Though public schools in Ecuador are free, families often still struggle to provide all the necessary materials (uniforms, books, school supplies, etc) while living on minimum wage and trying to feed a whole family. For many, the easiest solution was to not go to school. The Starfish Foundation works to fill a need that focuses on the importance of education as a catalyst for future success of each student and their communities, and provides scholarships and mentoring to students in financial need who have the motivation to continue their studies despite challenging circumstances.

But the success comes not just from funding scholars, but also seeing bright, caring, thoughtful individuals find the means to achieve their goals. It’s about seeing faces light up with smiles. It’s about promoting confidence through talent shows and interviews. It’s about creating a sense of community through outreach. It’s about improving our environment by encouraging sustainable living and recycling. It’s about service and instilling the values of hard work and giving back to the community in our scholars. It’s about big dreams, and big plans, and big ideas.

It’s about giving every scholar the boost they need to be the best version of themselves.

Over the last 5 years, there have been a lot of incredible moments for Starfish. Some highlights for Beth include:

  • On the trip last year, there was a moment when we got together all the “original” Starfish Scholars. It was kind of like the end of A League of Their Own – very nostalgic to remember back those early days, but impressive to see how these young adults (now) have grown up and are now giving back to Starfish as employees or volunteers!
  • Bringing my parents and best friend (basically my sister, in Spanish they call her my ñaña) to see Starfish. They are SO supportive and it was so special to have them meet our Scholars and their families!
  • The experience of growing our Board this fall. It was really the first time we had done anything quite like this – but the interviews with so many WONDERFUL people were delightful. I have loved getting to know our new members and seeing their positive energy. They have already started to give back in so many extraordinary ways!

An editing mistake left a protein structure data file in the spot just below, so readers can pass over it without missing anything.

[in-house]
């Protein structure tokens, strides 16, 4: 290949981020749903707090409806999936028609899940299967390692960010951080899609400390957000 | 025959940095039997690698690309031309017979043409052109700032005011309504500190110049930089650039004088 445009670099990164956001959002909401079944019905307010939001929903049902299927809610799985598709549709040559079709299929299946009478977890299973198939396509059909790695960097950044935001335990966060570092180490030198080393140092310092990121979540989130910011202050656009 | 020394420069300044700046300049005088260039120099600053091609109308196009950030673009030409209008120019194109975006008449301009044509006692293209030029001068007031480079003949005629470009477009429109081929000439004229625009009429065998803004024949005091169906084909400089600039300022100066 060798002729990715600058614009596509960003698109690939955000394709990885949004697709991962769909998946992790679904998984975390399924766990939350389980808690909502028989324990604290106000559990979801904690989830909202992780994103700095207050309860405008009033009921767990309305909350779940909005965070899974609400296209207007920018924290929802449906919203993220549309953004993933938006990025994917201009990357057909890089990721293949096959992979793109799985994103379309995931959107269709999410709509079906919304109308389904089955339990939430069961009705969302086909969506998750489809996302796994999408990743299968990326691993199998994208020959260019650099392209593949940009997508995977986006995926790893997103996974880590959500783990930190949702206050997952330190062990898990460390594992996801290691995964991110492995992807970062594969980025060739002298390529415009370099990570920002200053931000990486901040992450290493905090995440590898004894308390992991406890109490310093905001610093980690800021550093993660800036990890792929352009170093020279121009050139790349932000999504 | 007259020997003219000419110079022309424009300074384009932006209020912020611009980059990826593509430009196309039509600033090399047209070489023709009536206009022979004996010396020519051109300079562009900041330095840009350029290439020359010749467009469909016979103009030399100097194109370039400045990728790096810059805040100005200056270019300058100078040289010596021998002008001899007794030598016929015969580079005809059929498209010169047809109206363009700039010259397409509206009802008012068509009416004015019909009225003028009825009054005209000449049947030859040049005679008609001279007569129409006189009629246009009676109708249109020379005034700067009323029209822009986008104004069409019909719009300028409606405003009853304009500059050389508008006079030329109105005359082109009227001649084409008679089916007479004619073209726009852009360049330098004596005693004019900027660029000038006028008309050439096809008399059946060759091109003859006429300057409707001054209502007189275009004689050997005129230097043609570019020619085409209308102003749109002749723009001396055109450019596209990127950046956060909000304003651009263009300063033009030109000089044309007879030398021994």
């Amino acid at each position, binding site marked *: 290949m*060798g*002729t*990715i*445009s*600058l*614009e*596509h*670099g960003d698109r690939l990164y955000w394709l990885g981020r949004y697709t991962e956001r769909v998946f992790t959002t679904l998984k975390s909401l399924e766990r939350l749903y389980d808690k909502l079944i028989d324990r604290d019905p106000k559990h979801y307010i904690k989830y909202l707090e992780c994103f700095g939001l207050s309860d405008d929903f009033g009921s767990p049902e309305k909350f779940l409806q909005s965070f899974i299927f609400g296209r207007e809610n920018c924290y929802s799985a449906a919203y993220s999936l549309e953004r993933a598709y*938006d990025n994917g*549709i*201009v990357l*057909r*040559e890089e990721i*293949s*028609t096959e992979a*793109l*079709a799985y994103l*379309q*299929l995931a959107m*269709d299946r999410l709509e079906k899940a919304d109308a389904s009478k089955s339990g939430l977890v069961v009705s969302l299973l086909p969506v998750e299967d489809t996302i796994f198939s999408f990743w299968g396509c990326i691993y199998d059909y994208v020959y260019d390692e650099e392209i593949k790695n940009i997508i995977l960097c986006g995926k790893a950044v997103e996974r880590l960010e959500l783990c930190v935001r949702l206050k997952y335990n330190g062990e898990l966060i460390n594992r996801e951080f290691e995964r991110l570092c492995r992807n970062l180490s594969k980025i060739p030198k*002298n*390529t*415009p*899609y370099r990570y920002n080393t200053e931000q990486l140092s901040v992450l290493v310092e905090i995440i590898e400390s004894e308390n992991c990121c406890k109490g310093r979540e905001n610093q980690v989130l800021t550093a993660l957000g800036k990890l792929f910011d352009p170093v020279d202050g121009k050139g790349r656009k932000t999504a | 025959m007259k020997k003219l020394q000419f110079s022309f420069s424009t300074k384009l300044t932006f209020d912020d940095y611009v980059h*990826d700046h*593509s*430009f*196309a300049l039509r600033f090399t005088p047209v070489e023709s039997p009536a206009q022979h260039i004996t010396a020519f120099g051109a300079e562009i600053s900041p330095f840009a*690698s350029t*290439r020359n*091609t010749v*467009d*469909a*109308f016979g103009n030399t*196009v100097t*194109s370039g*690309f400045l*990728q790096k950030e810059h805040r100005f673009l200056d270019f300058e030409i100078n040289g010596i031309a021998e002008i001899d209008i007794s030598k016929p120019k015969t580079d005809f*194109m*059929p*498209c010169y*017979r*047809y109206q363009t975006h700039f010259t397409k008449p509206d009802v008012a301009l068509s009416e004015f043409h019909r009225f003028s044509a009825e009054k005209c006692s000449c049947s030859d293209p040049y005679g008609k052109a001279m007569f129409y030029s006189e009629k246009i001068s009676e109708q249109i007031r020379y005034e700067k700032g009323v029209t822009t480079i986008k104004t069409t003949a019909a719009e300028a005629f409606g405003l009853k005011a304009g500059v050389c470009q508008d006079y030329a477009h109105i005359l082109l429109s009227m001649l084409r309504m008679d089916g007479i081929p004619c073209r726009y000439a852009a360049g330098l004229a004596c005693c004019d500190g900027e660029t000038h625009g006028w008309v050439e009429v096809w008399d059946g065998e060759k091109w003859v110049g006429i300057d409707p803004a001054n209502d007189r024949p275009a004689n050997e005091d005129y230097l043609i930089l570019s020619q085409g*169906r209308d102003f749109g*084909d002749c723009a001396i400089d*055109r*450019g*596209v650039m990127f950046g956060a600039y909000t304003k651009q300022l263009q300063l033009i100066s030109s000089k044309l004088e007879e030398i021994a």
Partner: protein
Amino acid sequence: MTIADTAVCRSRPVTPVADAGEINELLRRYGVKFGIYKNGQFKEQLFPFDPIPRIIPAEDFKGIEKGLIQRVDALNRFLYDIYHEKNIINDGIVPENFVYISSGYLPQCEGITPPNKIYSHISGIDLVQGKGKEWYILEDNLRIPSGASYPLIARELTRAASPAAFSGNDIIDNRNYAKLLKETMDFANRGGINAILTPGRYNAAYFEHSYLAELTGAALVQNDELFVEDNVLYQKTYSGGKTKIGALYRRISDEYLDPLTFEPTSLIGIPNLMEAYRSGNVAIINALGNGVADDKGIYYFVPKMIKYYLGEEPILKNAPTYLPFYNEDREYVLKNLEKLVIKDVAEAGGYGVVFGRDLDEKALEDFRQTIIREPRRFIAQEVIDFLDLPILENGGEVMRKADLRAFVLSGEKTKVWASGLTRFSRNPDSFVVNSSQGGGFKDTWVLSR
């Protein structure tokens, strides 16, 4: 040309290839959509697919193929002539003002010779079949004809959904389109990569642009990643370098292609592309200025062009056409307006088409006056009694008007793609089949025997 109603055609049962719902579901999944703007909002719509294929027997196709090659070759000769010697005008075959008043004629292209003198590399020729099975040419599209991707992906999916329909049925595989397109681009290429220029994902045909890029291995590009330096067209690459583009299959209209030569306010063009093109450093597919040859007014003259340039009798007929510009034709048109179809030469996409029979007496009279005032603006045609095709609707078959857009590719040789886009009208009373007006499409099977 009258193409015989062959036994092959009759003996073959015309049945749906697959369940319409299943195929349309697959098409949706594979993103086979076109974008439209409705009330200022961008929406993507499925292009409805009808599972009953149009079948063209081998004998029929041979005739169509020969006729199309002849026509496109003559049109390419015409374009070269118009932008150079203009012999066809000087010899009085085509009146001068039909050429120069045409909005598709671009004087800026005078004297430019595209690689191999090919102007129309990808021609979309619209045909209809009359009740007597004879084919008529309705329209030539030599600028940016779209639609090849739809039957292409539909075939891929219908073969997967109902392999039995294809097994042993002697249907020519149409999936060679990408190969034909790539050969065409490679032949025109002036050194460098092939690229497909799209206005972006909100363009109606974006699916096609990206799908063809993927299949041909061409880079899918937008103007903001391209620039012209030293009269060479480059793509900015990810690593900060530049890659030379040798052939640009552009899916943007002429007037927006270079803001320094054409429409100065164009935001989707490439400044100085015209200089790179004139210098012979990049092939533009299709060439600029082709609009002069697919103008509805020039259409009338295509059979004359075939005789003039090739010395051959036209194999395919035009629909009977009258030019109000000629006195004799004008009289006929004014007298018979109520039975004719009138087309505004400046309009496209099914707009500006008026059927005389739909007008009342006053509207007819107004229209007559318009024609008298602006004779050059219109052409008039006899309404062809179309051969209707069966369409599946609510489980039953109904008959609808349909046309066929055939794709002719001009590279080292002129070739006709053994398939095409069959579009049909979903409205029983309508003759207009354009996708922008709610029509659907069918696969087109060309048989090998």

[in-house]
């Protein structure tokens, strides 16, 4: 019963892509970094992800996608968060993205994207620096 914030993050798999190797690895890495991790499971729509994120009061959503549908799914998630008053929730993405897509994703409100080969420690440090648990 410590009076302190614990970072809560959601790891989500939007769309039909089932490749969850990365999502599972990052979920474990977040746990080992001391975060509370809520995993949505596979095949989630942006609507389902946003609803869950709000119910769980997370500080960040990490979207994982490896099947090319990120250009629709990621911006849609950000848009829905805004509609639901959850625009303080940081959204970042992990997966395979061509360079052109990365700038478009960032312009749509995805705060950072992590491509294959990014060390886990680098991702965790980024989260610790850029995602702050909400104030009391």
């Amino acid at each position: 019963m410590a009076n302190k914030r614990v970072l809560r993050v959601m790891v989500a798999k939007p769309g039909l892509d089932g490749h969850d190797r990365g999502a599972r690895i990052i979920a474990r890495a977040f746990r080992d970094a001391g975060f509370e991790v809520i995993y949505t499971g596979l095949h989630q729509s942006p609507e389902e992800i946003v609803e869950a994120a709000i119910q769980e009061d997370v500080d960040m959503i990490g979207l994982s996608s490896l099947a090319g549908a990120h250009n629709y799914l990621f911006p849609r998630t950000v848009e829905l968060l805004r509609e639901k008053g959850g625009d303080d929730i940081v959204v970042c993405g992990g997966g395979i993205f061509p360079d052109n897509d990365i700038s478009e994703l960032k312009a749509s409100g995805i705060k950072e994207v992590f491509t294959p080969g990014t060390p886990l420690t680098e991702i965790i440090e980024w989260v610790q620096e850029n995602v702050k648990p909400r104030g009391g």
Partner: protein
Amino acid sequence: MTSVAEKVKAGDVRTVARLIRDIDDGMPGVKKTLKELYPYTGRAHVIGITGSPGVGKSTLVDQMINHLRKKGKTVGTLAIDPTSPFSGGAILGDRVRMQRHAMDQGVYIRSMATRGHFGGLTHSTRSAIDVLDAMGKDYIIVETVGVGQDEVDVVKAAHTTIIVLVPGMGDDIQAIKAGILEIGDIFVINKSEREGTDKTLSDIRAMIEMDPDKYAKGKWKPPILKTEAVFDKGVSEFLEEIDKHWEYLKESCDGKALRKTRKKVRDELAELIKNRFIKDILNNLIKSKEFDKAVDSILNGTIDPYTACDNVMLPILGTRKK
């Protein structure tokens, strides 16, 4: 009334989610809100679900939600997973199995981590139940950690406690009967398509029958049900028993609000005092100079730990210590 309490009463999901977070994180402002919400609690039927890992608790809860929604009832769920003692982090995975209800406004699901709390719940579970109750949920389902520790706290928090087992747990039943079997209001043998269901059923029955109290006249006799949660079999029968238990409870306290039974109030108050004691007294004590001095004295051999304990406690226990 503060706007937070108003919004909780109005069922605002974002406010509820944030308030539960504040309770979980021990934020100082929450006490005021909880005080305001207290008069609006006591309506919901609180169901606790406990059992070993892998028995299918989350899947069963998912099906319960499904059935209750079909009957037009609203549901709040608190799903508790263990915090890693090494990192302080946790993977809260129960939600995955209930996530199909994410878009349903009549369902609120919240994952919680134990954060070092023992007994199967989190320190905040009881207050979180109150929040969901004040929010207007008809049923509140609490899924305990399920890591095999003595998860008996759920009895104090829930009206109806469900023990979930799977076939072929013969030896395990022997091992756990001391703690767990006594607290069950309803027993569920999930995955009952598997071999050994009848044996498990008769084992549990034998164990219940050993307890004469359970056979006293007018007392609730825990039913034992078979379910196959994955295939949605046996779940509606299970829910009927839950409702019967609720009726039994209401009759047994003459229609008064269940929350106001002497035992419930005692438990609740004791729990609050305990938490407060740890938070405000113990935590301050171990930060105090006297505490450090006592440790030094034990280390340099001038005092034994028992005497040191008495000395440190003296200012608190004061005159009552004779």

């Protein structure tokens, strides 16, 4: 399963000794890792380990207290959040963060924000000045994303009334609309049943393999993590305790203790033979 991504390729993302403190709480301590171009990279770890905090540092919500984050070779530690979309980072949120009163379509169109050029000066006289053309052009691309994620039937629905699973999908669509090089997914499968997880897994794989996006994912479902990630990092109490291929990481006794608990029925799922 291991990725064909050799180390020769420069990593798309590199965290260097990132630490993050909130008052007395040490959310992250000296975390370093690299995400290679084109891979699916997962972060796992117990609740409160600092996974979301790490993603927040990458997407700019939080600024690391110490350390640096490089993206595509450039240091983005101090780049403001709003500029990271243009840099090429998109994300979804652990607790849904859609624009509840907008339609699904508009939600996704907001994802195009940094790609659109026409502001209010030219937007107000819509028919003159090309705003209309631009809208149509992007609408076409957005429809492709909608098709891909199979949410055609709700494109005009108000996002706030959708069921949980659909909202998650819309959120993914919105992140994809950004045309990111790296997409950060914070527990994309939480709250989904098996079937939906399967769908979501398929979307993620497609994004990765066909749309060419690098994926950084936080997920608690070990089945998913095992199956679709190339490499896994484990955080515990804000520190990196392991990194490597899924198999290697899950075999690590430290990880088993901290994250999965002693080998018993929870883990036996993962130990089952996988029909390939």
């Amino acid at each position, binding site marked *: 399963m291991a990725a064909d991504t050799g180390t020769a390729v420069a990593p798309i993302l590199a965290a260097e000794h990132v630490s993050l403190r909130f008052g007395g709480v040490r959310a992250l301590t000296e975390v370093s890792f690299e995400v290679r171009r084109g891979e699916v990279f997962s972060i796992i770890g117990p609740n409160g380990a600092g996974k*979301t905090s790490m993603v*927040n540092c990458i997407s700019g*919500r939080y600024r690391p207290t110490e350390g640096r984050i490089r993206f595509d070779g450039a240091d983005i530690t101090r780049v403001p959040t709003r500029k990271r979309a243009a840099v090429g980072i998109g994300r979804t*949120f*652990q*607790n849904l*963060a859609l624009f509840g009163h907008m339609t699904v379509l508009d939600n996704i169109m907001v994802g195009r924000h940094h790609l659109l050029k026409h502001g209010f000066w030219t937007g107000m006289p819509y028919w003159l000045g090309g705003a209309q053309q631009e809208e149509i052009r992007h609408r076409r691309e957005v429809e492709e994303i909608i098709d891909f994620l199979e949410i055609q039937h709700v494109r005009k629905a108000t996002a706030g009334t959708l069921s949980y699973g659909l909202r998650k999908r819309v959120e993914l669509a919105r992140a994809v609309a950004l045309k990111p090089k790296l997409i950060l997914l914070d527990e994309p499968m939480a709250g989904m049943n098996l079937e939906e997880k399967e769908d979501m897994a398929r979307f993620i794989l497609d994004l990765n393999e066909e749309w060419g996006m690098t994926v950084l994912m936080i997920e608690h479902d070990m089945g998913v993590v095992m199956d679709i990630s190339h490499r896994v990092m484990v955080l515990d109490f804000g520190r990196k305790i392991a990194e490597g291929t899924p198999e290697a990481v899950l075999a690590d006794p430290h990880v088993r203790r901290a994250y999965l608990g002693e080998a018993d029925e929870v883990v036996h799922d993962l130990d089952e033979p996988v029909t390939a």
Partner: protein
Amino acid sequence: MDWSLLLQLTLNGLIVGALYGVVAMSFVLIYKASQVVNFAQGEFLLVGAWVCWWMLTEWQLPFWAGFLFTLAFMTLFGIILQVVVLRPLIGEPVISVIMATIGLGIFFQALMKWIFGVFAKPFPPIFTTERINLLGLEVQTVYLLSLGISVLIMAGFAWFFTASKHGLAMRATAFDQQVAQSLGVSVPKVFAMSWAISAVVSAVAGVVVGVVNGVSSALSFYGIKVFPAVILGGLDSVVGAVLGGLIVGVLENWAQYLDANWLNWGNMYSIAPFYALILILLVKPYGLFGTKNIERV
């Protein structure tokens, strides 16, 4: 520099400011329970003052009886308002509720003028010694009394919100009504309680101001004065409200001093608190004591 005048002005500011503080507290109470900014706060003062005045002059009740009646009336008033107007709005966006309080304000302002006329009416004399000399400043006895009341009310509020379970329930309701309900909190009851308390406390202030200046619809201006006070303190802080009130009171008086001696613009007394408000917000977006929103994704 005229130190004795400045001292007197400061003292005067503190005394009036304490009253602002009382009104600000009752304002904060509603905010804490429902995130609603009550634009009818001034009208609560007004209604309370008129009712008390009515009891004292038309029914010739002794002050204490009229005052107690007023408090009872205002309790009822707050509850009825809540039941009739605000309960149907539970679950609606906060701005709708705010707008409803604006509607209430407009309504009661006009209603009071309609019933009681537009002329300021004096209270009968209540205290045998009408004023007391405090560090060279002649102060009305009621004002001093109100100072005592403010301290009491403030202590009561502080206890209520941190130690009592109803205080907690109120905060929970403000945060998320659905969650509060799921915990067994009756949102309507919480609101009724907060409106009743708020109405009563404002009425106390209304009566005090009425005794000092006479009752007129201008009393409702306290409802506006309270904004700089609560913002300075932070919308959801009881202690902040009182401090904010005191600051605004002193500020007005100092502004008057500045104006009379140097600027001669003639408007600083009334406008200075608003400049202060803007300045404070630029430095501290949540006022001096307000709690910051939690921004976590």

• Our 5th birthday! It was a tiring week, and a challenging time to see our country divided in the election, but in the midst of stress and discord, it was something to celebrate. The amount of people who wished me a happy birthday that day — I wondered if I should double-check my birth certificate 😉

As we look back, we’re so thankful to everyone who has been a part of this journey – we’re thankful for the support, friendship, prayers, and donations. As we look back, we know it is also important to look ahead, and look forward to continuing to grow and serve in the coming years. Some of our goals include:

  • Putting together a robust U.S. Operations team. We’re well on our way to doing so – an amazing set of Managers / Advisers for Development, Communications, and Volunteer Management, efficient Admin team of our Sr. Admin Assistant, Accountant, and Tech Guru, and an amazing team of Social Media interns. We have work to do, though, in creating the best structure to maximize capacity and efficiency – and I’d love to see us get to a great point with that.
  • Officially registering in Ecuador, buying land, and building our dream “house.” It’s the longest, most complicated process EVER, but we are nearing the end, and that’s pretty incredible.
  • Supremely increasing the attendance at our Giving Tuesday and An Evening for the Stars (Baltimore Benefit Dinner) events. We have some SNAZZY new tricks up our sleeve (this year, for example, just your presence at any Giving Tuesday results in a $10 donation to Starfish – thanks to a generous match!)
  • Seeing the amount of people who learn about Starfish continue to increase!

I hope you can agree it’s been an incredible Journey, and yet an even more amazing one awaits us. I also hope you’ll join me in wishing Starfish a very warm and loving HAPPY BIRTHDAY.

starfish-birthday

Spotlight on Betsabeth’s Nursing Career!

Hi, I’m Betsabeth.  I was a scholarship recipient and now I’m one of the workers.  Thanks to God and my mom’s hard work along with my own, I was able to reach my goal of graduating and with the support from Starfish, I was able to realize my dream.

Now that I’m done with high school, I signed up for college and I am studying medicine so that I can be a licensed nurse.  I am learning a lot.  I learn all the different kinds of diseases and illnesses and they’ve taught me to take pulses, breathing, blood pressure and the pupillary reflex.  Now we are doing a internship with elderly people.  We are helping them to control their blood pressure on a daily basis, and at the same time I am doing an internship at a morgue where I am learning to do autopsies and analyze the body and all of its organisms, and the brain and how much skin we really have as human beings.